1Department of Animal Science, College of Agriculture and Natural Resources, Razi University, Kermanshah, Iran
2Department of Animal Science, Faculty of Agriculture, University of Kurdistan, Sanandaj, Iran
Receive Date: 27 August 2014,
Revise Date: 17 November 2014,
Accept Date: 15 January 2015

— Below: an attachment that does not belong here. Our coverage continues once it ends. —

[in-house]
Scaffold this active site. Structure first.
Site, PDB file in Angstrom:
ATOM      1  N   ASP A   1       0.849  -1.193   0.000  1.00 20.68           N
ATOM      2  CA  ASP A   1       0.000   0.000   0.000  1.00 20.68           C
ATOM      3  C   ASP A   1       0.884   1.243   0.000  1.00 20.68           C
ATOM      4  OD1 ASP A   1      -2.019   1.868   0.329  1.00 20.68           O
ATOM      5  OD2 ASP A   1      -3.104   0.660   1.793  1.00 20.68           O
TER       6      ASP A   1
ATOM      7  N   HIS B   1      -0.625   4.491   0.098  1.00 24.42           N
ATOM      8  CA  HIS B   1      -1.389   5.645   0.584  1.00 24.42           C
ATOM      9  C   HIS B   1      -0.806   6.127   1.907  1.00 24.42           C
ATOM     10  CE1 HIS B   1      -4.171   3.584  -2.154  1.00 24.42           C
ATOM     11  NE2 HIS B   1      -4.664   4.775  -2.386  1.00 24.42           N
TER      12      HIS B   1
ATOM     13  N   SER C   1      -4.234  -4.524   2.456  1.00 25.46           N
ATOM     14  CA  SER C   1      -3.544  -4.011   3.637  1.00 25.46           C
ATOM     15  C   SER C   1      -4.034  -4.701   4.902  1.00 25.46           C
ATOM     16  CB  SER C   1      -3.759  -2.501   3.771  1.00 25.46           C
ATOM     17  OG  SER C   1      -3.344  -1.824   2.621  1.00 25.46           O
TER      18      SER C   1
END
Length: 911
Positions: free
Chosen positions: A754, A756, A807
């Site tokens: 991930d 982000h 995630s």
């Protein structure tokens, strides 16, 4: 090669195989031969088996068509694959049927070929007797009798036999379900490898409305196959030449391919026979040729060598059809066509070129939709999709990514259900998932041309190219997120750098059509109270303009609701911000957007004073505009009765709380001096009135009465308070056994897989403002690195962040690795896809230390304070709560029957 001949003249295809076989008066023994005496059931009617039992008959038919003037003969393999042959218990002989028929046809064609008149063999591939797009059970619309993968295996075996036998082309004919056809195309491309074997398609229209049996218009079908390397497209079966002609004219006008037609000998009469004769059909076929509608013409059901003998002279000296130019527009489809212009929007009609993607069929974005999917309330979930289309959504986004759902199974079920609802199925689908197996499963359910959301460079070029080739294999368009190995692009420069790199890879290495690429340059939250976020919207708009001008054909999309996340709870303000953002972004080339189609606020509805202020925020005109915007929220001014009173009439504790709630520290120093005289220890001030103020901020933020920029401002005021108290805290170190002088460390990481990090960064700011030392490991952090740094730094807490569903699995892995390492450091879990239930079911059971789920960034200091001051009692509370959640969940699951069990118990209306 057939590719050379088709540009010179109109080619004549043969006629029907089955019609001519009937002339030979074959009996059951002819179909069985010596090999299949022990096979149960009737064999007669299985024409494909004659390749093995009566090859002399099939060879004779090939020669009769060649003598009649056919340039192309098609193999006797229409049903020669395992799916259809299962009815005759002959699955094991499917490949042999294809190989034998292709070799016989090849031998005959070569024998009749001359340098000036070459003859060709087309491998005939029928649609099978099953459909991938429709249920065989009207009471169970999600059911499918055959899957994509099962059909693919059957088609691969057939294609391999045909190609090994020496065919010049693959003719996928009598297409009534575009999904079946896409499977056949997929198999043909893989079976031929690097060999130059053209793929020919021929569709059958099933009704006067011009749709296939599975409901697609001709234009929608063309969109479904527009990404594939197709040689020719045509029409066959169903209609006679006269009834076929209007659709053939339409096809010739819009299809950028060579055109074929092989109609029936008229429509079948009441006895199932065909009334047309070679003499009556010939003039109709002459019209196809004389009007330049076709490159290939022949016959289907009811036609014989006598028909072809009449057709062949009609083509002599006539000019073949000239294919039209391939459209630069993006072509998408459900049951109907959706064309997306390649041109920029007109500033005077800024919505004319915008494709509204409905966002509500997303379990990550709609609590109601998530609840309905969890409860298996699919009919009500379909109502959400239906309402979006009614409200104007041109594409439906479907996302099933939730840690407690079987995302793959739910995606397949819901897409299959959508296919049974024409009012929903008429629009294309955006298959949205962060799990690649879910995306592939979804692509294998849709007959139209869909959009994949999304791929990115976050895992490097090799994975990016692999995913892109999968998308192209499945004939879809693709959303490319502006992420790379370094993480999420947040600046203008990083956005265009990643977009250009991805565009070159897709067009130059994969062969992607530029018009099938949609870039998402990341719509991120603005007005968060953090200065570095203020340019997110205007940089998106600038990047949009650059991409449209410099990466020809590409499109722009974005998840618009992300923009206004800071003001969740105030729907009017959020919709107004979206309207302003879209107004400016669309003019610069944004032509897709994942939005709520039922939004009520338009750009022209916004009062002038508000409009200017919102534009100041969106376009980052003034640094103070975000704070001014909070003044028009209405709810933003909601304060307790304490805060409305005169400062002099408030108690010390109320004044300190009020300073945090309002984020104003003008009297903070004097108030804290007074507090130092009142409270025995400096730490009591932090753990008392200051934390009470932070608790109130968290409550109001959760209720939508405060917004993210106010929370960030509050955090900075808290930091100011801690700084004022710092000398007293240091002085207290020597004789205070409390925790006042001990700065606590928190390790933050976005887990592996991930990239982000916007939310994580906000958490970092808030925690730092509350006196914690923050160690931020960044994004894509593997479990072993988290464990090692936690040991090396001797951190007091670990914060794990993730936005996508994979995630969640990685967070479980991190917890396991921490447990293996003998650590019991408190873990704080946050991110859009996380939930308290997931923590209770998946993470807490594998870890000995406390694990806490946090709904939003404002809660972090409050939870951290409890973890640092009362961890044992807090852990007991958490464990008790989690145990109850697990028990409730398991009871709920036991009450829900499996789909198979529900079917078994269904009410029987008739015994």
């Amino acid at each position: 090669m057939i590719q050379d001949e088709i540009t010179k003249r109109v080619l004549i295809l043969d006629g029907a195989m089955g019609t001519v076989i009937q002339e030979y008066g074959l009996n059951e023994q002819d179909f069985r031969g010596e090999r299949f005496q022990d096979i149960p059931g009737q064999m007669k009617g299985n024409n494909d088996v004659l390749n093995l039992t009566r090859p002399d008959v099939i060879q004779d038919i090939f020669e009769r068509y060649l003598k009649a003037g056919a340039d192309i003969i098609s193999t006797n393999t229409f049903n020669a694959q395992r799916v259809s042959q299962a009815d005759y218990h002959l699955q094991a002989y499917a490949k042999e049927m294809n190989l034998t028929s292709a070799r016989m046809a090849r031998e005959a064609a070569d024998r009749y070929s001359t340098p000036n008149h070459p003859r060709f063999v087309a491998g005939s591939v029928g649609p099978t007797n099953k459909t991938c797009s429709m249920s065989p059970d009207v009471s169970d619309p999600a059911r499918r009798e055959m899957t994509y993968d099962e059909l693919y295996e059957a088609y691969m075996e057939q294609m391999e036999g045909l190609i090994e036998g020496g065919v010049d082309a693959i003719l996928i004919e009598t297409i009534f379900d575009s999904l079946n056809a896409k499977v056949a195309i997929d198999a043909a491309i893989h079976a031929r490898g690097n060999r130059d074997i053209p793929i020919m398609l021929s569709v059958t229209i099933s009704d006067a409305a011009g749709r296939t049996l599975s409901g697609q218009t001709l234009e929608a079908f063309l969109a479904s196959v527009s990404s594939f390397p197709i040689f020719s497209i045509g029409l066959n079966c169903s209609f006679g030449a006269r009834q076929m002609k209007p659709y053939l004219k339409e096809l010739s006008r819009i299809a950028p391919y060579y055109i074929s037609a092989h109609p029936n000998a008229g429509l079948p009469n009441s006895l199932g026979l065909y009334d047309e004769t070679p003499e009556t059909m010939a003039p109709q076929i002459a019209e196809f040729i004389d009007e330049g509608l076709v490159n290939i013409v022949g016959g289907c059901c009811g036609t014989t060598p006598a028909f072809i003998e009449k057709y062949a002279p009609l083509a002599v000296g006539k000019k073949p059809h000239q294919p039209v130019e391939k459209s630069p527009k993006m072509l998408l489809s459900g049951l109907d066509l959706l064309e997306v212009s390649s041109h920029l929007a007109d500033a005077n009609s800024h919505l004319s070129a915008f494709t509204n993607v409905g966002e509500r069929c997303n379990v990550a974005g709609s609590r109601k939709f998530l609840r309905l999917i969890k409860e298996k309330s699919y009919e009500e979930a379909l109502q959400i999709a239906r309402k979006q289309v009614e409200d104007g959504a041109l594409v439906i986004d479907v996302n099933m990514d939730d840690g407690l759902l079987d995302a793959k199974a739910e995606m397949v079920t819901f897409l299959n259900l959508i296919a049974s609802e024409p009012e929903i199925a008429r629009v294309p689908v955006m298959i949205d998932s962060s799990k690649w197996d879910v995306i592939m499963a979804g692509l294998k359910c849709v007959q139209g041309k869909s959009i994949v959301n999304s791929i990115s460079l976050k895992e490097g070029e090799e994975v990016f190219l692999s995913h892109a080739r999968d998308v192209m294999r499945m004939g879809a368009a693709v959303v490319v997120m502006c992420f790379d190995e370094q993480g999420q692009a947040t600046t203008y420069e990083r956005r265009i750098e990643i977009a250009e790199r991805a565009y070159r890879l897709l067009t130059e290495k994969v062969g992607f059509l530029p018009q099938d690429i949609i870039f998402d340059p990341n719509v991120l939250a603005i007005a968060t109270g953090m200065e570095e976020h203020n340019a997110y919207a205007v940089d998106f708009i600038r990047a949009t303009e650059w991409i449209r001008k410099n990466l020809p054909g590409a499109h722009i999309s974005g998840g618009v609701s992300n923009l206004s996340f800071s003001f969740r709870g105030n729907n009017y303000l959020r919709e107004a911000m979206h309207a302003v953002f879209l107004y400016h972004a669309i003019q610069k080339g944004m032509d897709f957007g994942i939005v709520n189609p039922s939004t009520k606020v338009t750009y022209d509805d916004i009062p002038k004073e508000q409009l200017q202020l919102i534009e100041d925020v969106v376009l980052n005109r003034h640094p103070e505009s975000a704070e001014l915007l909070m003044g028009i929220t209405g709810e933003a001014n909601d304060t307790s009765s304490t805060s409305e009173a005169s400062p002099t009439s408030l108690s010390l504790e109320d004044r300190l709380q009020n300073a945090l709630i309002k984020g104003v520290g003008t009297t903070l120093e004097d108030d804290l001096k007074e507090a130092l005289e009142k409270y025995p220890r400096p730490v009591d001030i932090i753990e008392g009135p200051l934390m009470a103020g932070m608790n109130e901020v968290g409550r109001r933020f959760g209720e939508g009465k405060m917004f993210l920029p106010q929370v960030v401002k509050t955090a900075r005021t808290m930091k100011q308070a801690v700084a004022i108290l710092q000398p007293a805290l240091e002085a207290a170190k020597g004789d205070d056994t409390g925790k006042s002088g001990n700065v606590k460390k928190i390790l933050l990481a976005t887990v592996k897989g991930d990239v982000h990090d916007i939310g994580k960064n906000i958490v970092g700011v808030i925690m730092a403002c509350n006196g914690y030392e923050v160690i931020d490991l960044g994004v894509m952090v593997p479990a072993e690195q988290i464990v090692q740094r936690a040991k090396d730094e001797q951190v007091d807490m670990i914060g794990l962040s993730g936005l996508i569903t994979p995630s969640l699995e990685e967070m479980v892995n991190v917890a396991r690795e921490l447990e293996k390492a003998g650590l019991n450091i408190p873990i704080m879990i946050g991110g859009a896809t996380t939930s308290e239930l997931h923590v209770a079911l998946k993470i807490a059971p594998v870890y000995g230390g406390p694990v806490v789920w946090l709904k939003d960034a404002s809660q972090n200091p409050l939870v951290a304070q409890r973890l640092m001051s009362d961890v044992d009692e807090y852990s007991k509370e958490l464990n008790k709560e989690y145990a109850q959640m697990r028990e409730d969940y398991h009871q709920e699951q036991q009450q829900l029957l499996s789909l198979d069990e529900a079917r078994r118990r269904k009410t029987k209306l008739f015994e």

An experiment was conducted to evaluate the effects of high dietary levels of selenium (as sodium selenite) and copper (as copper sulphate) on growth performance, serum biochemical parameters and antibody production against Newcastle disease vaccine (NDV) virus in broiler chickens. A total of 160 Ross 308 unsexed day old broiler chickens were randomly allocated into four treatment groups (n=40 per group) each comprising four replicates (n=10 per replicate). Group 1 was served as control and the chickens in this group were fed a standard diet without any selenium or copper supplementation. Chickens in Group 2 received a diet with selenium supplementation at the rate of 1 mg/kg of feed; Group 3 received a diet with copper supplementation at the rate of 200 mg/kg of feed; Group 4 received a diet supplemented with a combination of 1 mg/kg selenium and 200 mg/kg copper. Combined supplementation of selenium and copper decreased feed intake and body weight gain and increased feed conversion ratio (P<0.05). These effects were not observed when selenium or copper was supplemented alone (P>0.05). Serum uric acid and triglycerides concentrations decreased (P<0.05) and tended to be increased (P=0.11), respectively, by feeding copper and selenium. Moreover, serum albumin concentration was significantly increased in chickens given copper supplementation alone (P<0.05), but not in those supplemented with copper and selenium (P>0.05). Dietary treatments had no effects on antibody titres against NDV at day 28 of age (P>0.05); antibody titres against NDV, however, decreased at day 42 of age in broilers receiving a combination of copper and selenium (P<0.05). The results clearly indicate a negative interaction between the usage of sodium selenite and copper sulphate on growth performance in broiler chickens. More studies should be performed to clarify the action modes of such effects.
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